Of the 86 major leaguers mentioned in the Mitchell report Thursday, several have been in the headlines lately for reasons other than their alleged use of performance-enhancing drugs.
Miguel Tejada just changed clubs Wednesday in a big trade from Baltimore to Houston. Andy Pettitte reached agreement on a one-year, $16 million contract with the New York Yankees. And second baseman Brian Roberts, Tejada's former Orioles teammate, has been mentioned in speculation as a potential trade target of the Chicago Cubs.
Those three players have something else in common: Their names appear prominently, in boldface, somewhere in Sen. George Mitchell's voluminous document.
" Tejada first shows up on Page 105, allegedly injecting himself with Vitamin B-12 in the Orioles' clubhouse restroom.
" According to former Baltimore outfielder Larry Bigbie, Roberts admitted to injecting himself with steroids "once or twice" in 2003.
" Pettitte, like fellow Yankee Roger Clemens, is implicated by former New York strength and conditioning coach Brian McNamee, who claims to have injected both pitchers with human growth hormone.
Although big league teams are accustomed to taking risks in making trades or signing high-profile free agents, the process is more fraught with uncertainty this winter. One day you're welcoming a player to the fold. The next day, his name is being splashed all over ESPN as part of a 20-month investigation into steroid use in the game.
In light of these new revelations, are teams rethinking their recent acquisitions? Houston general manager Ed Wade declined comment on his team's trade for Tejada, and Milwaukee GM Doug Melvin couldn't be reached for comment on pitcher Eric Gagne, who signed a $10 million contract with the Brewers on Monday.
Colorado GM Dan O'Dowd, similarly, could not be reached for comment about the team's decision to sign reliever Matt Herges to a new $2.5 million deal. Herges allegedly bought HGH from former New York Mets clubhouse attendant Kirk Radomski between 2004 and 2005, and the Mitchell report includes a copy of a $3,240 check from Herges to Radomski.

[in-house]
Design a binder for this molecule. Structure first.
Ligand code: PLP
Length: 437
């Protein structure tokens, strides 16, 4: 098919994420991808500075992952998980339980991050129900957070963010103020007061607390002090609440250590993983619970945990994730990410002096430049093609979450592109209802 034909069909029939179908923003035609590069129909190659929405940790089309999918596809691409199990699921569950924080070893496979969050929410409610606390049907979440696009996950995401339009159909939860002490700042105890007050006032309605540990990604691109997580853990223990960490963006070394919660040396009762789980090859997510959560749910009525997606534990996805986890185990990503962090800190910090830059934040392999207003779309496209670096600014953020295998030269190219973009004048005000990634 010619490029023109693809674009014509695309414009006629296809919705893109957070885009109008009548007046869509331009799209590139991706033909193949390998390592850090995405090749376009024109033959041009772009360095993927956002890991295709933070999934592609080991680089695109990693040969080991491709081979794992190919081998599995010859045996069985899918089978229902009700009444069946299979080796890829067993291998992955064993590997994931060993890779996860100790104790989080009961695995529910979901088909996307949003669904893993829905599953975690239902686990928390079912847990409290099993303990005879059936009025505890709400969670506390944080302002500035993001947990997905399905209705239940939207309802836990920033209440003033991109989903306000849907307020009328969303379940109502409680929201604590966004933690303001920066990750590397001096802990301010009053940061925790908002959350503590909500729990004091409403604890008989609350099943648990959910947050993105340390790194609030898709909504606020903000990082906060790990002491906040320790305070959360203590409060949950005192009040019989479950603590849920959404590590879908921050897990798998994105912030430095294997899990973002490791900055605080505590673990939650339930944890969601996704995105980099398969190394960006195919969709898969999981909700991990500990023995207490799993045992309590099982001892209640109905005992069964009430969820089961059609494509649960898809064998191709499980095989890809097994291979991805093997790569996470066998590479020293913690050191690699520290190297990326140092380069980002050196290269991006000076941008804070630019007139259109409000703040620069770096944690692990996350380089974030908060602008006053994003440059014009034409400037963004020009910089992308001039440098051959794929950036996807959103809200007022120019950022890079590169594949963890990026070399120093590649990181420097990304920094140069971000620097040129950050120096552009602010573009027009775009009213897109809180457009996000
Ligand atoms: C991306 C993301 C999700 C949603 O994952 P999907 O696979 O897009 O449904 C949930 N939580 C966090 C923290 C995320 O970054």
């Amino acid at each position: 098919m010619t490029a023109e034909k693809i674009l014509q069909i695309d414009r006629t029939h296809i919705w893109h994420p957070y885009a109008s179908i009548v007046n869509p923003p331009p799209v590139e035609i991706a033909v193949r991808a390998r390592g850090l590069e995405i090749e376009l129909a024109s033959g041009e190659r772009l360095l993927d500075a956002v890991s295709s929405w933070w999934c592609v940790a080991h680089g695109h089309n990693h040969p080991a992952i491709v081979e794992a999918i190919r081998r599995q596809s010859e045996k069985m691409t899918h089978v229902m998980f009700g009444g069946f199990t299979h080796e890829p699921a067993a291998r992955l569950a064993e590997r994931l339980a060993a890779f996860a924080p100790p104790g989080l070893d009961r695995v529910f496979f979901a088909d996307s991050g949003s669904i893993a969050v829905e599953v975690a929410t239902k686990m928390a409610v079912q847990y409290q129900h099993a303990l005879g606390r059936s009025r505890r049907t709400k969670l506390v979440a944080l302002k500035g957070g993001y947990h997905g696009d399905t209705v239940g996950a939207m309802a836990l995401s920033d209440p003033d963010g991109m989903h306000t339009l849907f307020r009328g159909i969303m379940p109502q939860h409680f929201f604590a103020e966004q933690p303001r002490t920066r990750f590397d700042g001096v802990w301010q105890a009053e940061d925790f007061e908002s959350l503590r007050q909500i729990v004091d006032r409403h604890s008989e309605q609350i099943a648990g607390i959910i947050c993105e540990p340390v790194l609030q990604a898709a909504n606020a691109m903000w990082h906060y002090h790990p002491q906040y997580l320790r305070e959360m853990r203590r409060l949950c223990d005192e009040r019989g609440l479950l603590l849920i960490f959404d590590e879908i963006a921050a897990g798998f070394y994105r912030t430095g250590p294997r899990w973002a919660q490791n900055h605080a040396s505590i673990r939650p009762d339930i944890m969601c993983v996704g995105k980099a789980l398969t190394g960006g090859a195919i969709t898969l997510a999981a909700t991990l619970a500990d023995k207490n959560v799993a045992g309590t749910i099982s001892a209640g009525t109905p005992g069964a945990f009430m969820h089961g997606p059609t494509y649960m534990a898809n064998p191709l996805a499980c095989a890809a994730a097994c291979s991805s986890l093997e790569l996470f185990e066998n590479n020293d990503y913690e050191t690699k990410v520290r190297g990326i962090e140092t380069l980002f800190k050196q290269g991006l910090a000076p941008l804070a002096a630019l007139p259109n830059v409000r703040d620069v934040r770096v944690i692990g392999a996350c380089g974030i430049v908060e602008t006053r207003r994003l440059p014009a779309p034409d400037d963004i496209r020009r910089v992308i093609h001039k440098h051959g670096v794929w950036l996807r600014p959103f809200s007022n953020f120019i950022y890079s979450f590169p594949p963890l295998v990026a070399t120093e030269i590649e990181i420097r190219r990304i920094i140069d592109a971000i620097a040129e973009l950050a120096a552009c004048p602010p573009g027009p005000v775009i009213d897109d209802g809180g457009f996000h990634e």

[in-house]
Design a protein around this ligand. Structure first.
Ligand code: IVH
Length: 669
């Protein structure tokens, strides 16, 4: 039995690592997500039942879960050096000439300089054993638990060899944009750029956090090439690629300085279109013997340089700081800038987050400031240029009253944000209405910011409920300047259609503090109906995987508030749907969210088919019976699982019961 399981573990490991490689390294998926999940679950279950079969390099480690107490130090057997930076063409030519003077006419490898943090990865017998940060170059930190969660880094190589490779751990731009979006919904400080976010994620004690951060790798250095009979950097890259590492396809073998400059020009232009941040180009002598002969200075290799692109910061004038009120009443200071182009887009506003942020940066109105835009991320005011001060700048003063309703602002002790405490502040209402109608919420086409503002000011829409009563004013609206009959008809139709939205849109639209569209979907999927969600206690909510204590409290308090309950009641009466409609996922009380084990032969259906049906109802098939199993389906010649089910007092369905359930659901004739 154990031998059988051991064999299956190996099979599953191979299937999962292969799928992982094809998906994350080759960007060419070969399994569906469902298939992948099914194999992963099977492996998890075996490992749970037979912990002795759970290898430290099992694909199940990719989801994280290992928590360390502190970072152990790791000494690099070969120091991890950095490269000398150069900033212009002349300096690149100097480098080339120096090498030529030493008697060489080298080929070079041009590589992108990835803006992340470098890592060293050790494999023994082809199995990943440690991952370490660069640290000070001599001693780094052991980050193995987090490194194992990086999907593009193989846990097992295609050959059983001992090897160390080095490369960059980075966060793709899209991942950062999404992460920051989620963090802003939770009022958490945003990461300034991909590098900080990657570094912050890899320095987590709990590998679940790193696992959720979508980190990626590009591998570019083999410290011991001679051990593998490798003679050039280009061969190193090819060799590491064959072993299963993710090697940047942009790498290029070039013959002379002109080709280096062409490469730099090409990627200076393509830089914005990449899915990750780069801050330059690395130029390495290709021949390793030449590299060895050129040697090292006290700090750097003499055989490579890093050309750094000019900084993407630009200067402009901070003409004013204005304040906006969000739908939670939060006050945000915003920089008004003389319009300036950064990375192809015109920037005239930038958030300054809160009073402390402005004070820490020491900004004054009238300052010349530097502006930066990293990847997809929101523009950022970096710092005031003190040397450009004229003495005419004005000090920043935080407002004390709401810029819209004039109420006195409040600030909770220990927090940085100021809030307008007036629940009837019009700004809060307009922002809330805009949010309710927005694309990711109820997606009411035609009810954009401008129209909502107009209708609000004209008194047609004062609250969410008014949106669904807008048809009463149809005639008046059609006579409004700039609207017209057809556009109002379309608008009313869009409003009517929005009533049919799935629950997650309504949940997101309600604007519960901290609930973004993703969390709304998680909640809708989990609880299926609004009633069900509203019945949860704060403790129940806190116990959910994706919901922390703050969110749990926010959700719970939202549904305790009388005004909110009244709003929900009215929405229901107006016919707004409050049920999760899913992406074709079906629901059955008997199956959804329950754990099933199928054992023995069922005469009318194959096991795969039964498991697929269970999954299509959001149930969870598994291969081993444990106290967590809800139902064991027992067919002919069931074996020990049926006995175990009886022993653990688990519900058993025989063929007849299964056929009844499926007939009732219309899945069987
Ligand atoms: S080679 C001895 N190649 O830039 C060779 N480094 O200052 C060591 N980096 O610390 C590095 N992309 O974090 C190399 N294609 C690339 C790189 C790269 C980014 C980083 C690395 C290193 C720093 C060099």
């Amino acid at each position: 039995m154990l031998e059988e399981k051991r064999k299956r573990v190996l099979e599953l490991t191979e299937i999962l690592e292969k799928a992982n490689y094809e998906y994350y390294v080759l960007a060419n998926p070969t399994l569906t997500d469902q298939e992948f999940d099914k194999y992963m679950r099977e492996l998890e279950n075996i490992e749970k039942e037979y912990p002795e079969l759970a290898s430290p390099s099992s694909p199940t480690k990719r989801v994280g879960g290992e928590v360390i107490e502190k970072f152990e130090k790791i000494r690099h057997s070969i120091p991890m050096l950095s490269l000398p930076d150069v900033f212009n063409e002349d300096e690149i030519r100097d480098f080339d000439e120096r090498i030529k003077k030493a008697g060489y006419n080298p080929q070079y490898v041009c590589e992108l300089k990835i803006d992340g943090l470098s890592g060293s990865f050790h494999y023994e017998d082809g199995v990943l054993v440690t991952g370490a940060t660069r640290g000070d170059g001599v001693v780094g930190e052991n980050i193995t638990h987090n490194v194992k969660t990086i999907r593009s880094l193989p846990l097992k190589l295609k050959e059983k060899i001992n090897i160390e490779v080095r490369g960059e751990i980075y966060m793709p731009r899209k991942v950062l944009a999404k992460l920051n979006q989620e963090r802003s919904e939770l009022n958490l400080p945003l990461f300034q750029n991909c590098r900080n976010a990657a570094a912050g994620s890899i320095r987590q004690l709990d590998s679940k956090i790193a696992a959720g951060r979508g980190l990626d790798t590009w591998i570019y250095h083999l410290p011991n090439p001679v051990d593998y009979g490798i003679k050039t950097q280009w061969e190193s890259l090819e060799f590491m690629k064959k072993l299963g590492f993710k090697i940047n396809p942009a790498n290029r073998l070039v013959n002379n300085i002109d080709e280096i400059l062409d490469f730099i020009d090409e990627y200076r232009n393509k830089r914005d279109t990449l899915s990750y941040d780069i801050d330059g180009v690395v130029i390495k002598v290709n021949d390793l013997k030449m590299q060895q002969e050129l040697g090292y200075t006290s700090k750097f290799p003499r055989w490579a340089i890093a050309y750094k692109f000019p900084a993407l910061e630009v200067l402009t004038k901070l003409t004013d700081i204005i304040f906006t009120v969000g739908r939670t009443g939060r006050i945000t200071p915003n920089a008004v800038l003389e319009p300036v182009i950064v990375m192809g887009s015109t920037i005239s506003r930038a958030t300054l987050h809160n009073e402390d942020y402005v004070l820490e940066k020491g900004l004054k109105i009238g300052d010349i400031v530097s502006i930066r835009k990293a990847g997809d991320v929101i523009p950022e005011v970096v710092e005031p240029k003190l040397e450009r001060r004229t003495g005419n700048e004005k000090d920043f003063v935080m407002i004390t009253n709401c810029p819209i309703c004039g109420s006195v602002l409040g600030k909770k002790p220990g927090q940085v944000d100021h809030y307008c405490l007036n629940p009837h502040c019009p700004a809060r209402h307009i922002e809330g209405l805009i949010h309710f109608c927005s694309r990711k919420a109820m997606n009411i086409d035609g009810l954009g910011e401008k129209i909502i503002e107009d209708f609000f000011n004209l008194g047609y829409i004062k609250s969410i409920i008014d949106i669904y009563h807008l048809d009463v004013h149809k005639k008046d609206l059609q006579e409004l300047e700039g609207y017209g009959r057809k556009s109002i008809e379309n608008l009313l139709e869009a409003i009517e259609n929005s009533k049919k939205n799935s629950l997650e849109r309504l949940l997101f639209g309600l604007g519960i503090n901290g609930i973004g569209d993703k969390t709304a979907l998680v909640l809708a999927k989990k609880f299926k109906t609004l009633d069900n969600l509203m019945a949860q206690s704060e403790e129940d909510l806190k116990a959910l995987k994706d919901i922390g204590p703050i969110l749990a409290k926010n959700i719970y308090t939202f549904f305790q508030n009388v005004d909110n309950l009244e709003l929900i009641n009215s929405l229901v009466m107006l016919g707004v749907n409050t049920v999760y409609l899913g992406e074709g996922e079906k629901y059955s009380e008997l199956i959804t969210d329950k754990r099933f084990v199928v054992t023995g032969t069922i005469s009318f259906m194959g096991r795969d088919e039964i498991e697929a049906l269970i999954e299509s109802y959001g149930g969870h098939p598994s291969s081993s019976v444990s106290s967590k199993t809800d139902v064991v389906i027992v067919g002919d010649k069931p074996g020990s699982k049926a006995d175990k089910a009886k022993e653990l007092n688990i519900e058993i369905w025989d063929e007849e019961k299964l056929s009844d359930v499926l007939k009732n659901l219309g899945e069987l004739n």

The general reticence among clubs to speak publicly is understandable given the potential legal fallout from the Mitchell investigation. At the moment, clubs seem more than willing to take a step back and let commissioner Bud Selig run interference for them.
Despite Mitchell's recommendation that Major League Baseball refrain from doling out punishment, Selig said he'll consider disciplining players on a "case-by-case" basis.
"It looks as if teams are going to sit back and wait for Selig to do something, and then they'll react accordingly,'' said Howard Wasserman, a visiting associate professor at St. Louis University School of Law. "I think he's looking to punish people, because he thinks he'd be subject to a lot of criticism if he didn't.''
Will Selig try to wield his "best interests of baseball" powers as a hammer? And beyond that, could clubs try to terminate deals under the "personal conduct" clause in the standard player contract?
Regardless of what happens, the players' association seems to believe that some players have been tarnished by their mere inclusion in the report.
"Many players are named,'' said union leader Donald Fehr. "Their reputations are adversely affected -- perhaps forever.''
The union quickly served notice that it will defend the rights of any player who is disciplined in the aftermath of the Mitchell report. Once grievances are filed, the cases will have to be resolved through arbitration.
"Senator Mitchell's suggestion that players should not be disciplined is certainly welcome,'' Fehr said. "Our job is to make certain that should any player be disciplined, he'll have a right to a hearing and the full panoply of due process protections that our agreements contemplate.''
For the moment, teams still have to conduct business -- and it won't happen in a vacuum. At the very least, the contents of the Mitchell report will make clubs step gingerly. One National League executive, who requested anonymity, said that Roberts' brief mention in the report doesn't necessarily preclude the Orioles from trading him. But it will prompt the parties involved to exercise extra caution.
"Is Brian Roberts going to get traded tomorrow? No,'' the official said. "Would a team with interest in him go ahead without checking on this? No. But you also have to see what Baltimore's position is on the whole thing. Everything is up for review right now.''
Meanwhile, some players on the free-agent market also have to deal with the consequences of the report. The Mitchell investigation claims that Ron Villone, a left-handed reliever, allegedly spent $9,600 in cash for three shipments of human growth hormone from Kirk Radomski in 2004-05. Now Villone, 37, is looking for a job. Could his association with the Mitchell report hurt his chances of finding work? That's anybody's guess.
"Would this be something a club could use from a negotiating standpoint to hang over his head to try and suppress his value? Maybe,'' said an agent who spoke on the condition of anonymity. "But if he goes out next season and appears in 70 games with an ERA in the low-2.00s, he'll still be looking at a massive three- or four-year deal.''